Pregnancy-Associated Plasma Protein-A
What is PAPP-A?
Pregnancy associated plasma protein A (PAPP-A) is a protein which is formed by the placenta and its levels increase with the duration of pregnancy. Variety of tissues express PAPP-A at very lower levels. Plaques which are not stable in coronary arteries also express PAPP-A in high levels. This test measures the levels of Pregnancy Associated Plasma Protein A (PAPP-A) in blood. It is used for prenatal screening in the first trimester of pregnancy.
Why is PAPP-A done?
For prenatal screening in the first trimester of pregnancy
To detect Down syndrome
To detect Trisomy 18
What does PAPP-A Measure?
PAPP-A test measures the levels of Pregnancy Associated Plasma Protein A (PAPP-A) in blood. PAPP-A is a protein which binds to zinc that acts as an enzyme. It is used in prenatal screening in the first trimester of pregnancy and atherosclerosis. If PAPP-A levels are low in pregnant women at 8 - 14 weeks of pregnancy, there is a risk of restriction of intrauterine growth, premature delivery, trisomy 21, preeclampsia (pregnancy induced hypertension) and stillbirth.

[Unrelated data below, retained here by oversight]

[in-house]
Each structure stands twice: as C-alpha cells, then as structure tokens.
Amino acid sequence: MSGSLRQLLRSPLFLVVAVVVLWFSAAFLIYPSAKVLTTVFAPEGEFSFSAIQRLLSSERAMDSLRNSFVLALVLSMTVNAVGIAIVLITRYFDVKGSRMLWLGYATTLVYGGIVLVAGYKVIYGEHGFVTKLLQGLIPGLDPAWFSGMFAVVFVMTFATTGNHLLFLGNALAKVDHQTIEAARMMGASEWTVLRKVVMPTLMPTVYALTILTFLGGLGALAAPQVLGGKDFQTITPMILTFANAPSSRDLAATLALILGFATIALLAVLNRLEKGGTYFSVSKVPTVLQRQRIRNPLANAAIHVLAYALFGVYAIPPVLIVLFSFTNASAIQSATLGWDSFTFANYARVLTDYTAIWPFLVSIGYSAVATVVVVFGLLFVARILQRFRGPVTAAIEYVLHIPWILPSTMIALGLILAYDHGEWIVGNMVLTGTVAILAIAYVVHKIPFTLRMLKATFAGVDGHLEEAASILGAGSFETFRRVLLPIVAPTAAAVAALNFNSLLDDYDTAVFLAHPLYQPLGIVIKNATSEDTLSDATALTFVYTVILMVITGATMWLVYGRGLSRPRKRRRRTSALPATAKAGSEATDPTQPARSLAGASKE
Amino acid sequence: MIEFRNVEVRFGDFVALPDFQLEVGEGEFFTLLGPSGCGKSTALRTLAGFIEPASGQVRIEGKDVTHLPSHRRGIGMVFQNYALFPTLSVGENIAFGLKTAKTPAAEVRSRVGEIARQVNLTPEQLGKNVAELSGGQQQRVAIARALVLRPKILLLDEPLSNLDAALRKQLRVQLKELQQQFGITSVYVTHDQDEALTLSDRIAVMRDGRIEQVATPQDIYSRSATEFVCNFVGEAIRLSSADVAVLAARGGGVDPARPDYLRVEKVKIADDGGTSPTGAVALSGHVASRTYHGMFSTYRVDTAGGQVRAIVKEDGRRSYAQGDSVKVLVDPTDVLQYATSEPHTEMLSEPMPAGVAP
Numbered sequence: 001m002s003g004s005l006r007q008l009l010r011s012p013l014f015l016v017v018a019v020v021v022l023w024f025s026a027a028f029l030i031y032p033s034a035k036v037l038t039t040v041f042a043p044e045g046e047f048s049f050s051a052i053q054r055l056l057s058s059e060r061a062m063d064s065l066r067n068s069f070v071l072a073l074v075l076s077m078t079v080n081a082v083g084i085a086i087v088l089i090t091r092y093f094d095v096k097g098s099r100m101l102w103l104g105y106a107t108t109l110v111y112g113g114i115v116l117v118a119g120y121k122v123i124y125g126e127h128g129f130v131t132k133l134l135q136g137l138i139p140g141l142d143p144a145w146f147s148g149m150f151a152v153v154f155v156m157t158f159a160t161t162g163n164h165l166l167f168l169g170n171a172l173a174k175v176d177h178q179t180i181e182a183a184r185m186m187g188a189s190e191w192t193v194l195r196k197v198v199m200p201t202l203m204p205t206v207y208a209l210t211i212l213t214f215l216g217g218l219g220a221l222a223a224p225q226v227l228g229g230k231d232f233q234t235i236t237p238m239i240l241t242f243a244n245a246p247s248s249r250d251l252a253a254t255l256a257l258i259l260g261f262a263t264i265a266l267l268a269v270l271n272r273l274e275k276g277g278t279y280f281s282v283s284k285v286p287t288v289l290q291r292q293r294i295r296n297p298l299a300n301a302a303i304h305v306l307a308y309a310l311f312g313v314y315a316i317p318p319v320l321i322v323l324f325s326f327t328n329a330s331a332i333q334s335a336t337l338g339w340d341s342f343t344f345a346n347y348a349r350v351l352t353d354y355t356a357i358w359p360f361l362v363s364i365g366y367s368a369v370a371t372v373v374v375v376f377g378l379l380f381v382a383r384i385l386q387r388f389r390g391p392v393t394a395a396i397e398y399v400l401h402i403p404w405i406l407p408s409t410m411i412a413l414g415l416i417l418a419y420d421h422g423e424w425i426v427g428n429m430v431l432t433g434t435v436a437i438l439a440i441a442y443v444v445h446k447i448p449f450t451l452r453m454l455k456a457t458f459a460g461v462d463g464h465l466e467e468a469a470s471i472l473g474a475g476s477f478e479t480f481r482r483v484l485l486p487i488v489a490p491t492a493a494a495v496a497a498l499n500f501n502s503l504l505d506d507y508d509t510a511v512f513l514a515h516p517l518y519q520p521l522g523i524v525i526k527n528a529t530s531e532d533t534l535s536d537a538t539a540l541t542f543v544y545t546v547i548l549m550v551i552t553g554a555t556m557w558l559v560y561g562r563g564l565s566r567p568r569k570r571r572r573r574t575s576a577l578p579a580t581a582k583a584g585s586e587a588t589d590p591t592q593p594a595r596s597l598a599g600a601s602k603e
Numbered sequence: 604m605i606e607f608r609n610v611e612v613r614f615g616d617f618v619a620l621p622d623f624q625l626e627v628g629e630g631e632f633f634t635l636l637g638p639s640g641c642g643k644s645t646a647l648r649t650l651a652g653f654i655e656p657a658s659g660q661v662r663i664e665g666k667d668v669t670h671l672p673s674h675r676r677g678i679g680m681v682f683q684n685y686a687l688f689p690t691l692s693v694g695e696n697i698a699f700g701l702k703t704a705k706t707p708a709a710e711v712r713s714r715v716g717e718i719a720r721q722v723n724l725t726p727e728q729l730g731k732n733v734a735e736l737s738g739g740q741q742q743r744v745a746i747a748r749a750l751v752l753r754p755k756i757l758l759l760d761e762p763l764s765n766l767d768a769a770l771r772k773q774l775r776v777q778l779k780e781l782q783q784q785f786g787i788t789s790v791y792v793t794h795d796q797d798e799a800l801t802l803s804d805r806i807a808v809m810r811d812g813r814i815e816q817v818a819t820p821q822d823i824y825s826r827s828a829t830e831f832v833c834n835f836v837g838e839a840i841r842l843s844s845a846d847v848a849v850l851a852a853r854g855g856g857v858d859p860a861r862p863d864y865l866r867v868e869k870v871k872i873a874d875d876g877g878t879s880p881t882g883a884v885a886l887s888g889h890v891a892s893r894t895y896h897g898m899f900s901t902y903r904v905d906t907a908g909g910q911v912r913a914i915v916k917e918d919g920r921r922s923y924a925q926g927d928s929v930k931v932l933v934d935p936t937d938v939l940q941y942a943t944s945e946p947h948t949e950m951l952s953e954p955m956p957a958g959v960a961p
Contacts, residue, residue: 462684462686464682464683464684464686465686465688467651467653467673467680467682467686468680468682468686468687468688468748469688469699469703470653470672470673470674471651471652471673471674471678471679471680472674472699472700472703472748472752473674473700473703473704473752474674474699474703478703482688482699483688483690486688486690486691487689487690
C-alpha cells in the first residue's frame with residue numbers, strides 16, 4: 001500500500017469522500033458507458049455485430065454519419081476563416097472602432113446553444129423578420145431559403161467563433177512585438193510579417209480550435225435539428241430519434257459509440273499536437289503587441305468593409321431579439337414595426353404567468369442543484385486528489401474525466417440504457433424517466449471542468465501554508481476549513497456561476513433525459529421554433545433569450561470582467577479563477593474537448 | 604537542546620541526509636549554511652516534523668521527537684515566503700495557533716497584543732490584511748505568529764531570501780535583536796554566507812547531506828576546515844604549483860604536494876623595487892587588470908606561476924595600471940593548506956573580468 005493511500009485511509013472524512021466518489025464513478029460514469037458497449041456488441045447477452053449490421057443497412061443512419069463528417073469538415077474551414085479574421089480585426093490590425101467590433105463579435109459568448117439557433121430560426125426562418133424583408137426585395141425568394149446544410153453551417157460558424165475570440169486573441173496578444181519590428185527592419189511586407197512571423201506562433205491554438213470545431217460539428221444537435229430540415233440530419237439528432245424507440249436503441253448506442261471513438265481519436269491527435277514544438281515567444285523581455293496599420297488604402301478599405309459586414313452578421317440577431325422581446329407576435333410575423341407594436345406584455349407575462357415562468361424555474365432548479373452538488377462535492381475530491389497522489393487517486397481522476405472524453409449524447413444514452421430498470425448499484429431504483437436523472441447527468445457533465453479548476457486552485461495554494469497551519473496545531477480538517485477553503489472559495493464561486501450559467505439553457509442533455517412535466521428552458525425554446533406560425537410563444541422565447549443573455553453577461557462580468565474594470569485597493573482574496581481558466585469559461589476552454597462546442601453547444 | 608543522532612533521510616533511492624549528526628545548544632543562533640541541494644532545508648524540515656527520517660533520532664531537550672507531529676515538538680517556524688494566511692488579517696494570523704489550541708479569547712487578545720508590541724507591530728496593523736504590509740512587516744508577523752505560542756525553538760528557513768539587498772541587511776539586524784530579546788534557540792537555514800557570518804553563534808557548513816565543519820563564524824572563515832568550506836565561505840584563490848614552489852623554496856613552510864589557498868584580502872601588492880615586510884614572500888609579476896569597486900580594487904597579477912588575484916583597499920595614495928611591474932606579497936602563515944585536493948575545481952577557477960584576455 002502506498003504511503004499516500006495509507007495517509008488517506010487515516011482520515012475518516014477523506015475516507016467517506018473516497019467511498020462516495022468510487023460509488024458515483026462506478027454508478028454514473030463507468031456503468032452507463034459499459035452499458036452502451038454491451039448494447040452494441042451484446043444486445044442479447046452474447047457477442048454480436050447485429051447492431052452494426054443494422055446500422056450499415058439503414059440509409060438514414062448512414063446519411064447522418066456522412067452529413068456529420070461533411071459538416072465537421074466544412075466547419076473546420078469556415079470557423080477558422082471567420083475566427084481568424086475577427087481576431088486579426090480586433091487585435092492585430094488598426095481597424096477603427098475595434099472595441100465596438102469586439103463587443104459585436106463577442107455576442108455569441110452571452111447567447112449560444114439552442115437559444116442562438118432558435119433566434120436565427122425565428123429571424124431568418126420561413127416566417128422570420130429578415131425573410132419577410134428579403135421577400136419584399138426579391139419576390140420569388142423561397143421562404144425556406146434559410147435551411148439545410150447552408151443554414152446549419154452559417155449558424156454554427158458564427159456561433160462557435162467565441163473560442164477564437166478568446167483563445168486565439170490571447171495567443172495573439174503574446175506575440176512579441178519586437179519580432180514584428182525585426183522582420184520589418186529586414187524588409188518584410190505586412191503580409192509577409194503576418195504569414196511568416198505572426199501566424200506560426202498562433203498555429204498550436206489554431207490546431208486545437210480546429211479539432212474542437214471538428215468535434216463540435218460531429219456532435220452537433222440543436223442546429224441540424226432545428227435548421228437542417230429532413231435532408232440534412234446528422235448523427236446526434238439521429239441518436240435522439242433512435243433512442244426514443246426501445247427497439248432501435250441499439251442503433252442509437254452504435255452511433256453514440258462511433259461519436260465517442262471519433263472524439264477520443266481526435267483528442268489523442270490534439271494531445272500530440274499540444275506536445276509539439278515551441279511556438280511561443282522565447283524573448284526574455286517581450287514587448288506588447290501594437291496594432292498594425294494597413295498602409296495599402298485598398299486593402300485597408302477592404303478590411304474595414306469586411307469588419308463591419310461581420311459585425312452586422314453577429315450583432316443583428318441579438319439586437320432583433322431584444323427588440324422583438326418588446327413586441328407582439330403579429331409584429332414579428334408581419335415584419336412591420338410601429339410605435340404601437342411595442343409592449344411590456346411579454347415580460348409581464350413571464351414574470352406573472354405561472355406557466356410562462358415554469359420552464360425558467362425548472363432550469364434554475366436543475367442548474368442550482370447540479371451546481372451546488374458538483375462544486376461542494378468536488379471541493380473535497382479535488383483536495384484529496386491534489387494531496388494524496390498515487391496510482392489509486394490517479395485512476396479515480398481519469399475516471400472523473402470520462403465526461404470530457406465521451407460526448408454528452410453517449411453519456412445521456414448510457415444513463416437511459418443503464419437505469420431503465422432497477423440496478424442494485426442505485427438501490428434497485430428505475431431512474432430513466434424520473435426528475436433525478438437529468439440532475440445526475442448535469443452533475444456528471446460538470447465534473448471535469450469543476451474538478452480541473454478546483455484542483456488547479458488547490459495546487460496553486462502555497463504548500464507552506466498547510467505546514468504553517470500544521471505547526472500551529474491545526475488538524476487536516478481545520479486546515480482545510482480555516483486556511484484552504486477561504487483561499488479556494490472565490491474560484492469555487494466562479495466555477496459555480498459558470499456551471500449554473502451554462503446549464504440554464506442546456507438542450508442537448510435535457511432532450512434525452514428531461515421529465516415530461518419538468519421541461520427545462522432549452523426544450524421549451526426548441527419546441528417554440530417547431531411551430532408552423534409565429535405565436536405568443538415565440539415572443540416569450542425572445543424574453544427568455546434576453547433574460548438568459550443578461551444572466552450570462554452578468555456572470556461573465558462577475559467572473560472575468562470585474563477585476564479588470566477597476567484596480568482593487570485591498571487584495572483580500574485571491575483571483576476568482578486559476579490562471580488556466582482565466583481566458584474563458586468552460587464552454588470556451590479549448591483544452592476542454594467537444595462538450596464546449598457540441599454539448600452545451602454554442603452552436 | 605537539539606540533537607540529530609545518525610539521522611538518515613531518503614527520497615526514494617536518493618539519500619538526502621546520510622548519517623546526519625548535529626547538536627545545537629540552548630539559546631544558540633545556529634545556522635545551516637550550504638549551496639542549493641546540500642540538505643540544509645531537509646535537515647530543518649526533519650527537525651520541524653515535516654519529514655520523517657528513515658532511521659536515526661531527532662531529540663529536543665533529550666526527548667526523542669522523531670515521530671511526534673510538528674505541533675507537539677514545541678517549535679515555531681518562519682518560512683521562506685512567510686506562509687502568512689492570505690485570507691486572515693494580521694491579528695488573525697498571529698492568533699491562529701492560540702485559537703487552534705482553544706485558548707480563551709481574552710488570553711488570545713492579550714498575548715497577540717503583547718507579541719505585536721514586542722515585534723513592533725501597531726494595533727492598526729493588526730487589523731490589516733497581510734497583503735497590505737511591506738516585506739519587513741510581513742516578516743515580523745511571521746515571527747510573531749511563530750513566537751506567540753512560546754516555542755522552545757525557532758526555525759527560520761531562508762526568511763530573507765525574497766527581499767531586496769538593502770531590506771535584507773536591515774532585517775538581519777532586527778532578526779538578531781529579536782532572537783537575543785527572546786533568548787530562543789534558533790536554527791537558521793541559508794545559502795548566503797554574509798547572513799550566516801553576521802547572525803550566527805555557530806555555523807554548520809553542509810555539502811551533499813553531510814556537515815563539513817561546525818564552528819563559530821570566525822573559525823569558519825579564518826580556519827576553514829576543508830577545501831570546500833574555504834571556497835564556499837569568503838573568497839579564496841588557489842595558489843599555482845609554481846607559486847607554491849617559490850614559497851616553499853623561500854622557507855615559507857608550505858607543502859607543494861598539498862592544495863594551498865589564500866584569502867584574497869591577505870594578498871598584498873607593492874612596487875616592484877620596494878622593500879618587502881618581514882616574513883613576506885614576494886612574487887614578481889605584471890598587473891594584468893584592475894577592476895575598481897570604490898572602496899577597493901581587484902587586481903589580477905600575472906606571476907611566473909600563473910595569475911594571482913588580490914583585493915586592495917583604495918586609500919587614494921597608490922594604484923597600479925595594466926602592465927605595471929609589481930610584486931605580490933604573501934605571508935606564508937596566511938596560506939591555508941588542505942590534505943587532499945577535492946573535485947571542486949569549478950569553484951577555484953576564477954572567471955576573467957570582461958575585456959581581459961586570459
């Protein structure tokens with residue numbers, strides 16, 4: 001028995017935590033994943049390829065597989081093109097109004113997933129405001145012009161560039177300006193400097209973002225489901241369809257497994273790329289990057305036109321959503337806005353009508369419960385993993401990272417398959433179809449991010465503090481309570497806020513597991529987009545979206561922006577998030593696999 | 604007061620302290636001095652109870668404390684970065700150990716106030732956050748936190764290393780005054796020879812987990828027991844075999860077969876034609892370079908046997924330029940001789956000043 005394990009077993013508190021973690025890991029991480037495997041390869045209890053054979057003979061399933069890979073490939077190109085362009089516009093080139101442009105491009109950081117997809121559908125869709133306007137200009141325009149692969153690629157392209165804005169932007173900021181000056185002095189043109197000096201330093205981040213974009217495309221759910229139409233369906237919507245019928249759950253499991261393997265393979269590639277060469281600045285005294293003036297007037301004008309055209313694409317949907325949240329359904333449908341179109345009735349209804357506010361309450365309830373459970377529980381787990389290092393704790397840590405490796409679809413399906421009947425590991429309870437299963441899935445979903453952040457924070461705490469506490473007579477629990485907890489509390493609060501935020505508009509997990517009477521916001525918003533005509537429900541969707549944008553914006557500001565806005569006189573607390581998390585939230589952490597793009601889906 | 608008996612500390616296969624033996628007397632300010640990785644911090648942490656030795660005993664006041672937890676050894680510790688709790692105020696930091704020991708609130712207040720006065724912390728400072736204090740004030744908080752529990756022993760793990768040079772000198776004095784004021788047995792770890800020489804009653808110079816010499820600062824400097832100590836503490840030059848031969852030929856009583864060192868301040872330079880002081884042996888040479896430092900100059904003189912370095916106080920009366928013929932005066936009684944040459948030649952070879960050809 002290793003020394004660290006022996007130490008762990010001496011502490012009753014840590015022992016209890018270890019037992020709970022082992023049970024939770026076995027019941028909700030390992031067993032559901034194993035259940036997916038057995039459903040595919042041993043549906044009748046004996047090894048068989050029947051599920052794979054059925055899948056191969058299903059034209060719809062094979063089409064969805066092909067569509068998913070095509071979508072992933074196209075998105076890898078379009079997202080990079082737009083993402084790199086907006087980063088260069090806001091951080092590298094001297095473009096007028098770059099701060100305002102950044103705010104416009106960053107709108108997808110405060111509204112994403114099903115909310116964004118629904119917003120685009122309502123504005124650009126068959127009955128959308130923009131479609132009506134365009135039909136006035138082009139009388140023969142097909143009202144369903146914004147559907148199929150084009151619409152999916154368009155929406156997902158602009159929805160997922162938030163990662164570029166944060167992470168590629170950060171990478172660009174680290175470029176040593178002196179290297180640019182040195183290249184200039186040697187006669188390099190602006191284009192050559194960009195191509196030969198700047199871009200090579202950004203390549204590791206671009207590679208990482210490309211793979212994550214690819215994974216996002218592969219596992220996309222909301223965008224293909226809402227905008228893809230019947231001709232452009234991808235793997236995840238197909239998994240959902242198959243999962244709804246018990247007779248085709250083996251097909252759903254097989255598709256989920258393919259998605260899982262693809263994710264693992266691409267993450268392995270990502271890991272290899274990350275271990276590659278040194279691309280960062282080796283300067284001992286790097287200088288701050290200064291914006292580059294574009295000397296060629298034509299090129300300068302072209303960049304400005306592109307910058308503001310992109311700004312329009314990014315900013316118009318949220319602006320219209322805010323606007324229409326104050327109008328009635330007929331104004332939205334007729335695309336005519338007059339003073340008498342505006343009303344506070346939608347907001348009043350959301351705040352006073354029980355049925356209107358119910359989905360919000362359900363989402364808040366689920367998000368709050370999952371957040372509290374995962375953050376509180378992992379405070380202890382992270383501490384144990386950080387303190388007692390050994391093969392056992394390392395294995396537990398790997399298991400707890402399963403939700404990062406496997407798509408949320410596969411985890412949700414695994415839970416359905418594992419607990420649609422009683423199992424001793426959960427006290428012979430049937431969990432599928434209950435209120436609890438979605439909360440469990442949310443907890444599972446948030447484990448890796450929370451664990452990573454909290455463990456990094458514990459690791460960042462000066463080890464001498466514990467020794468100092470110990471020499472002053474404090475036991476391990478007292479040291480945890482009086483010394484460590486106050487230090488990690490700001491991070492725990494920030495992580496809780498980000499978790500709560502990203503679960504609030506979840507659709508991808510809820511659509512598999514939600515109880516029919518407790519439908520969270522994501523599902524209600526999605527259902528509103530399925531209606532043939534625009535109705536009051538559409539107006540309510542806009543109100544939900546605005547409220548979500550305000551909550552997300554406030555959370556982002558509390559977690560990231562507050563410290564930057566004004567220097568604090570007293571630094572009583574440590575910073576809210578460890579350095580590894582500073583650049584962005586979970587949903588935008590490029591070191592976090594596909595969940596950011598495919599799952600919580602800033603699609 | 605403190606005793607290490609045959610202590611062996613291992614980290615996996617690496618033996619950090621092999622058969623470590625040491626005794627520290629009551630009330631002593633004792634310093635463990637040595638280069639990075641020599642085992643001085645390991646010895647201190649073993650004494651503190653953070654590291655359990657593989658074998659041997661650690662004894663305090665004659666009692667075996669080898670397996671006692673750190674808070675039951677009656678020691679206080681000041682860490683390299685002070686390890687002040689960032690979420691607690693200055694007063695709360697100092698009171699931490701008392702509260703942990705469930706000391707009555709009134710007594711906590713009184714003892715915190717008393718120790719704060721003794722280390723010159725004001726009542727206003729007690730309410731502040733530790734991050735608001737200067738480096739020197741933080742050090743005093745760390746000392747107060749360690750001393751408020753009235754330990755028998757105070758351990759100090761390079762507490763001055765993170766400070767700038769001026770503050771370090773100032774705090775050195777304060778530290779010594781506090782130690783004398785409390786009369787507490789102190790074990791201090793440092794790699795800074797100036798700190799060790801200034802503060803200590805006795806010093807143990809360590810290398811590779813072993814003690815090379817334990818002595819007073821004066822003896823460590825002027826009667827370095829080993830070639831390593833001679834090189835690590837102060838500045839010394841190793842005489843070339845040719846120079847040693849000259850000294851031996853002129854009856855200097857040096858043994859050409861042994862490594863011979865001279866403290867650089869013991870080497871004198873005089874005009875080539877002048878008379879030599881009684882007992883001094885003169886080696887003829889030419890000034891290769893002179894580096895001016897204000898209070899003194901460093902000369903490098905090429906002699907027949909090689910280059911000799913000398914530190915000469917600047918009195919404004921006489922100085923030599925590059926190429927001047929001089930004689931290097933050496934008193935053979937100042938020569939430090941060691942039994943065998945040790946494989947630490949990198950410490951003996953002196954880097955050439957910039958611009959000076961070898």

This test assesses the risks of disorders like Down's Syndrome (trisomy 21) and Edward's syndrome (trisomy 18). In these syndromes, the levels of PAPP-A decrease and the space at the neck of the fetus is larger than normal.
Interpreting PAPP-A results
High Levels may indicate the following:
Low Levels may indicate the following:
Answers to Patient Concerns & Frequently Asked Questions (FAQs) about PAPP-A
Frequently Asked Questions about Pregnancy-Associated Plasma Protein-A